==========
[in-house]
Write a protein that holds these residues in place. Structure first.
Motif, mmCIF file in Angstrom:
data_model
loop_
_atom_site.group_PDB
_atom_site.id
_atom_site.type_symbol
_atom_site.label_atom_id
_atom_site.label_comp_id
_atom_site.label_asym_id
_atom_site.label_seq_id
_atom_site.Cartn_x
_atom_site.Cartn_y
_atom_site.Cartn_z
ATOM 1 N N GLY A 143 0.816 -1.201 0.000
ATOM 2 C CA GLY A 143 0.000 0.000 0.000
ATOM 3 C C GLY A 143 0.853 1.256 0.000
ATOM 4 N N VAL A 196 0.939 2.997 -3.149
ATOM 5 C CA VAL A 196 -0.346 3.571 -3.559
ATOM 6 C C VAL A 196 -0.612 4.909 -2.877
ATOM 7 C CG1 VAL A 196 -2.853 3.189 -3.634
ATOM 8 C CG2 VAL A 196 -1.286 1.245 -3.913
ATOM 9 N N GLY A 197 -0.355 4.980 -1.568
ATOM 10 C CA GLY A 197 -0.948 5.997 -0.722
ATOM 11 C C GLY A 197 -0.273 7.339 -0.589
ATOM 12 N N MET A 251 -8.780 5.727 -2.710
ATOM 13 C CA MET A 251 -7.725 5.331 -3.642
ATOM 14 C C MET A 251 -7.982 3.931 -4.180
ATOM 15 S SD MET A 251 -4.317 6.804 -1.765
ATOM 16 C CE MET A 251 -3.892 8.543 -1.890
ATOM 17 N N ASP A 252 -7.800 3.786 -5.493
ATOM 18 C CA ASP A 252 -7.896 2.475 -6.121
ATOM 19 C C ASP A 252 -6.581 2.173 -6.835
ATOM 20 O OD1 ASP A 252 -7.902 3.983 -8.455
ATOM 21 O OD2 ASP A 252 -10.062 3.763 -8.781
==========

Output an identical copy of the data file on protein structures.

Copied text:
[in-house]
Write a protein that holds these residues in place. Structure first.
Motif, mmCIF file in Angstrom:
data_model
loop_
_atom_site.group_PDB
_atom_site.id
_atom_site.type_symbol
_atom_site.label_atom_id
_atom_site.label_comp_id
_atom_site.label_asym_id
_atom_site.label_seq_id
_atom_site.Cartn_x
_atom_site.Cartn_y
_atom_site.Cartn_z
ATOM 1 N N GLY A 143 0.816 -1.201 0.000
ATOM 2 C CA GLY A 143 0.000 0.000 0.000
ATOM 3 C C GLY A 143 0.853 1.256 0.000
ATOM 4 N N VAL A 196 0.939 2.997 -3.149
ATOM 5 C CA VAL A 196 -0.346 3.571 -3.559
ATOM 6 C C VAL A 196 -0.612 4.909 -2.877
ATOM 7 C CG1 VAL A 196 -2.853 3.189 -3.634
ATOM 8 C CG2 VAL A 196 -1.286 1.245 -3.913
ATOM 9 N N GLY A 197 -0.355 4.980 -1.568
ATOM 10 C CA GLY A 197 -0.948 5.997 -0.722
ATOM 11 C C GLY A 197 -0.273 7.339 -0.589
ATOM 12 N N MET A 251 -8.780 5.727 -2.710
ATOM 13 C CA MET A 251 -7.725 5.331 -3.642
ATOM 14 C C MET A 251 -7.982 3.931 -4.180
ATOM 15 S SD MET A 251 -4.317 6.804 -1.765
ATOM 16 C CE MET A 251 -3.892 8.543 -1.890
ATOM 17 N N ASP A 252 -7.800 3.786 -5.493
ATOM 18 C CA ASP A 252 -7.896 2.475 -6.121
ATOM 19 C C ASP A 252 -6.581 2.173 -6.835
ATOM 20 O OD1 ASP A 252 -7.902 3.983 -8.455
ATOM 21 O OD2 ASP A 252 -10.062 3.763 -8.781